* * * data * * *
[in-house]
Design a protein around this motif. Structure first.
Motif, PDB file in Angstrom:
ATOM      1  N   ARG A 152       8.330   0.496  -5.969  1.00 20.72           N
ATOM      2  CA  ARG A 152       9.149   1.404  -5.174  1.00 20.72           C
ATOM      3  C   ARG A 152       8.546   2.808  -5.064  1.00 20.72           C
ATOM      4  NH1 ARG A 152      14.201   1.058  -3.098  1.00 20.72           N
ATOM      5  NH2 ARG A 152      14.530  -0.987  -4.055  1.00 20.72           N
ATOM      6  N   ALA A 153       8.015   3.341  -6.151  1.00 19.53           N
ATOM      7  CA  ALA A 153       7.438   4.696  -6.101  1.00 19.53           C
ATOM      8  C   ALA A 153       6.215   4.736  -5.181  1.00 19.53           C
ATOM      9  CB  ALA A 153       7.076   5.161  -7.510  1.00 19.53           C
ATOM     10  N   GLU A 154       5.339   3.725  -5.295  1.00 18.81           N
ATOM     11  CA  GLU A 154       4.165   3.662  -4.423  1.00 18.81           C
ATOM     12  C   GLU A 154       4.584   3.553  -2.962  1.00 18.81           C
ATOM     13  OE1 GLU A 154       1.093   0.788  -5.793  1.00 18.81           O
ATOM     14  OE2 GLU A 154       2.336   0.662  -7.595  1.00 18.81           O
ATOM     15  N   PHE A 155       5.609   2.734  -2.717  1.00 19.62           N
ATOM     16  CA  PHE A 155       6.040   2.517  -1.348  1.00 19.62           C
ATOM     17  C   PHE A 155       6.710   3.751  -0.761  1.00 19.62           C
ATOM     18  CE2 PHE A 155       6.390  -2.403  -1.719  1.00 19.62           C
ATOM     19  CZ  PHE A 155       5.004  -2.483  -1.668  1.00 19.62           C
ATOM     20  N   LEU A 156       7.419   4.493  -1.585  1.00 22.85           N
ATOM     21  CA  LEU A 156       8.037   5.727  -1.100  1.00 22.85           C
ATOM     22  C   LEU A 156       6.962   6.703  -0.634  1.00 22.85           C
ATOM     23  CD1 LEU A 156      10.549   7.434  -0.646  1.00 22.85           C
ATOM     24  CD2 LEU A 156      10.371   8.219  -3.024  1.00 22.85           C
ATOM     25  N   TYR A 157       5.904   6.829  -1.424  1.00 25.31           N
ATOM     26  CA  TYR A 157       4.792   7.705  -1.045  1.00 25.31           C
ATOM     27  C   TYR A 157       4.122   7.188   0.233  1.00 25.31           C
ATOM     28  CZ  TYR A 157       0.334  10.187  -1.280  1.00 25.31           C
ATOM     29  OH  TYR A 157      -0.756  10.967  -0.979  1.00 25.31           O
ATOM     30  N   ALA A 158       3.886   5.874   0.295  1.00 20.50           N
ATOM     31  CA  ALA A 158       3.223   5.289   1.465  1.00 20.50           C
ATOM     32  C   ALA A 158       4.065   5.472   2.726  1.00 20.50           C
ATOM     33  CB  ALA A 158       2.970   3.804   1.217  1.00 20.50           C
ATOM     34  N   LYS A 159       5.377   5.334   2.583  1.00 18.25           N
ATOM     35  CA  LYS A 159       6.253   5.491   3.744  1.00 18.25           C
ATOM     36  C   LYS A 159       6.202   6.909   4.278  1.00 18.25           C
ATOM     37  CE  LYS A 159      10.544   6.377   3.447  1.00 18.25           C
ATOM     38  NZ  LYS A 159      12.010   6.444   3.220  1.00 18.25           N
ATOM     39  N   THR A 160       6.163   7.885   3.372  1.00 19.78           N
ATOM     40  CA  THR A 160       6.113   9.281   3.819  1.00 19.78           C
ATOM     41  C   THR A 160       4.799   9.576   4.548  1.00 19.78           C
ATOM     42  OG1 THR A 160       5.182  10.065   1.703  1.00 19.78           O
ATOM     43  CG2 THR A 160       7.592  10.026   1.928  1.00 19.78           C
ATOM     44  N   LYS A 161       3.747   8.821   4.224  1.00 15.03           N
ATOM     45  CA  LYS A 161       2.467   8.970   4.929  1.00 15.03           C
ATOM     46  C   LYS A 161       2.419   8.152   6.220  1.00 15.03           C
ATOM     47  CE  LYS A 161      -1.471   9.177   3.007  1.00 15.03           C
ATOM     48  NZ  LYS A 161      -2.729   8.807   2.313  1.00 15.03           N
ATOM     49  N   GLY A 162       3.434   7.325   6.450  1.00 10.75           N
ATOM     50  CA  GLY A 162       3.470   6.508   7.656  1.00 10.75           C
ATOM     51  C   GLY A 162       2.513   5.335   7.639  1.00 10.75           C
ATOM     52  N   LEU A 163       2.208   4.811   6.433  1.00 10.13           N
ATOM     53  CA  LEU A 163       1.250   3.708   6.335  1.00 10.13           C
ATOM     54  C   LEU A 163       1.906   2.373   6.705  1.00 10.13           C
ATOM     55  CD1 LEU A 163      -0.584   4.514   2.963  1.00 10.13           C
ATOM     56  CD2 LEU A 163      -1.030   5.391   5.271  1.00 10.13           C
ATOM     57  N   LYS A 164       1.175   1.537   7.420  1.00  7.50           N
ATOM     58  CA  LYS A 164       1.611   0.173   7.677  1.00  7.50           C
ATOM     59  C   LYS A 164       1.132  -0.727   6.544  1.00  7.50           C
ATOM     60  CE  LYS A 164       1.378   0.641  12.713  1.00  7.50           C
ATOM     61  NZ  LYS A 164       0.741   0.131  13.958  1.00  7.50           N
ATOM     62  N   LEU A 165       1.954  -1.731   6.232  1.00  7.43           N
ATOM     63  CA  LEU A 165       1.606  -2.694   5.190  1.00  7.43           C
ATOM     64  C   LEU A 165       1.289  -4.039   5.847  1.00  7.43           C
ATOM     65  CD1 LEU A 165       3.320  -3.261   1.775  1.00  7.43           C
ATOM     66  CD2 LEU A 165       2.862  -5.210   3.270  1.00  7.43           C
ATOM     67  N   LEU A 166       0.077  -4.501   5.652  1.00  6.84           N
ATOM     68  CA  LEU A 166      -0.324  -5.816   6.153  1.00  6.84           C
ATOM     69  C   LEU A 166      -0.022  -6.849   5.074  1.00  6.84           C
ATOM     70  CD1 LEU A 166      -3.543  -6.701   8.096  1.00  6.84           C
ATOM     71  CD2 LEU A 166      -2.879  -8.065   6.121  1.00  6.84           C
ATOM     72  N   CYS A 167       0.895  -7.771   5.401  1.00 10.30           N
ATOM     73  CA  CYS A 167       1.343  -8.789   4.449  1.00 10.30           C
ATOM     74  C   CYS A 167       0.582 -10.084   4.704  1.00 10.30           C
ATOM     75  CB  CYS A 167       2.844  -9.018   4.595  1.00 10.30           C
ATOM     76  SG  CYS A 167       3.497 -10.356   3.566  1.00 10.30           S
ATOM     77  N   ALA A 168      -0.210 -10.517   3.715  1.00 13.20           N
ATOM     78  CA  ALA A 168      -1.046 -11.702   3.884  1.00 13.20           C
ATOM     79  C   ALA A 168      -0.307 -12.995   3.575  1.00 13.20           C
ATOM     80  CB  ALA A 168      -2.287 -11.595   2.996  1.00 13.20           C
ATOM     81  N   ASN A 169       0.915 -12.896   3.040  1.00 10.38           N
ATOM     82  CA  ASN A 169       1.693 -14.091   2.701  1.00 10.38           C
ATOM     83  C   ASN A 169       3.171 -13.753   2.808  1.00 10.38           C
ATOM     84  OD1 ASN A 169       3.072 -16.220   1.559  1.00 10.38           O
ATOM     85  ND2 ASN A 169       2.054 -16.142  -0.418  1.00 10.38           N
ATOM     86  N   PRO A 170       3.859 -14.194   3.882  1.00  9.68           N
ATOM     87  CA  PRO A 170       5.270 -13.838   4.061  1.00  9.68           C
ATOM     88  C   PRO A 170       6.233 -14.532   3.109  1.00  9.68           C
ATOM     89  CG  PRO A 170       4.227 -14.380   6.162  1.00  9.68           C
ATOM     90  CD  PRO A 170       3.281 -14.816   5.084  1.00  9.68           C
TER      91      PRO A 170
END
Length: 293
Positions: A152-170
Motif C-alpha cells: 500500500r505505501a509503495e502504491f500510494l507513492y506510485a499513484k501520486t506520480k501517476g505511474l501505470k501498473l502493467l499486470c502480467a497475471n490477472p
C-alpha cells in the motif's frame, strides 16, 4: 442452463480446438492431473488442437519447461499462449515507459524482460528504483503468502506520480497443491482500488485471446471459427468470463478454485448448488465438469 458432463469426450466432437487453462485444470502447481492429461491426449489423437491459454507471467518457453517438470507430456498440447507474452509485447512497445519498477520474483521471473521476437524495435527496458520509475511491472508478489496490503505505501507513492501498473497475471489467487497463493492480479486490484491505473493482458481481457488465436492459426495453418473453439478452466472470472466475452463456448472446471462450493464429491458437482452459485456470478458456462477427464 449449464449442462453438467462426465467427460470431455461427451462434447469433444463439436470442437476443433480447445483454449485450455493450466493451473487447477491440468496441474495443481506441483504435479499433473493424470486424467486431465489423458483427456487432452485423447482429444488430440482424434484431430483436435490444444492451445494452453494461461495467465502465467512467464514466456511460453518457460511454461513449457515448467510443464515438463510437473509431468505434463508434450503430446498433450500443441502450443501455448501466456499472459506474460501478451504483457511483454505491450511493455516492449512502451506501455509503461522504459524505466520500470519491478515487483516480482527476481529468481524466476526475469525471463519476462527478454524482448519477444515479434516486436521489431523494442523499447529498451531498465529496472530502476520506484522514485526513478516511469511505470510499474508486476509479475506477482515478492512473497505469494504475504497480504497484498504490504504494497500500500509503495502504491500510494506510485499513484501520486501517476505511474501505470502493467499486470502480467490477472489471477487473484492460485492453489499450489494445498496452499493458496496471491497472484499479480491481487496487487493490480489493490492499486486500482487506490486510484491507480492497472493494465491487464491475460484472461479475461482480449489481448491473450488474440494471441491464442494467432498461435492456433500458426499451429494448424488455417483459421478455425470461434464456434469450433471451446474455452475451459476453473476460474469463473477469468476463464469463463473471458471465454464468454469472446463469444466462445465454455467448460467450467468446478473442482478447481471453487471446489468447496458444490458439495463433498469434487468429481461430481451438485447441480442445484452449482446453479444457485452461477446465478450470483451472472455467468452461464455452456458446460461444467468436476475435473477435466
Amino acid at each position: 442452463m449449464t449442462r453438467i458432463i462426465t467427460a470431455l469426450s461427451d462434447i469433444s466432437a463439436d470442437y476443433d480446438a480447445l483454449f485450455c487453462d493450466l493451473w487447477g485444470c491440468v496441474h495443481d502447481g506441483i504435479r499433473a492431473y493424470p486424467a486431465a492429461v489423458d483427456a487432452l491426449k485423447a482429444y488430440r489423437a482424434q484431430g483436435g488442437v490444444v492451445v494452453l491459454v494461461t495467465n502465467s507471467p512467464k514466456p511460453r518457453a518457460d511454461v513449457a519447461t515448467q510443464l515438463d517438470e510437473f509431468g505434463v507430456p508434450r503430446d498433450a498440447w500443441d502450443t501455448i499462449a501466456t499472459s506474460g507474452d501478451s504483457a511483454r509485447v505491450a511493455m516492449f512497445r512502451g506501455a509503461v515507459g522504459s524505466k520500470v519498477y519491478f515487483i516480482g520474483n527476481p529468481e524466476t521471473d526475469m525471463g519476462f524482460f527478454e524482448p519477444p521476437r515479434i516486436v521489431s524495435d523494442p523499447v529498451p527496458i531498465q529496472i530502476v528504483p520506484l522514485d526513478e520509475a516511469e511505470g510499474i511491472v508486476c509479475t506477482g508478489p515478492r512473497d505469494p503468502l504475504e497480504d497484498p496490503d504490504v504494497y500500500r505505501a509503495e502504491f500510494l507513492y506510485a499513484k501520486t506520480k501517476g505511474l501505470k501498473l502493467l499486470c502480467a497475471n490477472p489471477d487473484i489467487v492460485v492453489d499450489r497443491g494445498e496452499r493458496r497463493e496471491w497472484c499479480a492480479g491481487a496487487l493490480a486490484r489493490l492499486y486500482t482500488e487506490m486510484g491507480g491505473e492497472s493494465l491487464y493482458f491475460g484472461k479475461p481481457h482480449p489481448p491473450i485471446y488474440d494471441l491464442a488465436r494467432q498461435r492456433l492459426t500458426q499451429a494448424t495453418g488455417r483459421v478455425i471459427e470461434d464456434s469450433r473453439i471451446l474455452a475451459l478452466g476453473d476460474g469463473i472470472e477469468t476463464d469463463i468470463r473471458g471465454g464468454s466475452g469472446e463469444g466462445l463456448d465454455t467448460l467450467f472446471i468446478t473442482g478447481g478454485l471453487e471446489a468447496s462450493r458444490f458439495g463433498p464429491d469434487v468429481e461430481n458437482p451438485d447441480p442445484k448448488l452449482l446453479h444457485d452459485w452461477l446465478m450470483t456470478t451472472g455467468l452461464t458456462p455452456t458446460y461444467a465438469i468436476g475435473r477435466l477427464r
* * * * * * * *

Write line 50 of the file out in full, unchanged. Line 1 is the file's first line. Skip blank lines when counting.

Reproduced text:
ATOM     47  CE  LYS A 161      -1.471   9.177   3.007  1.00 15.03           C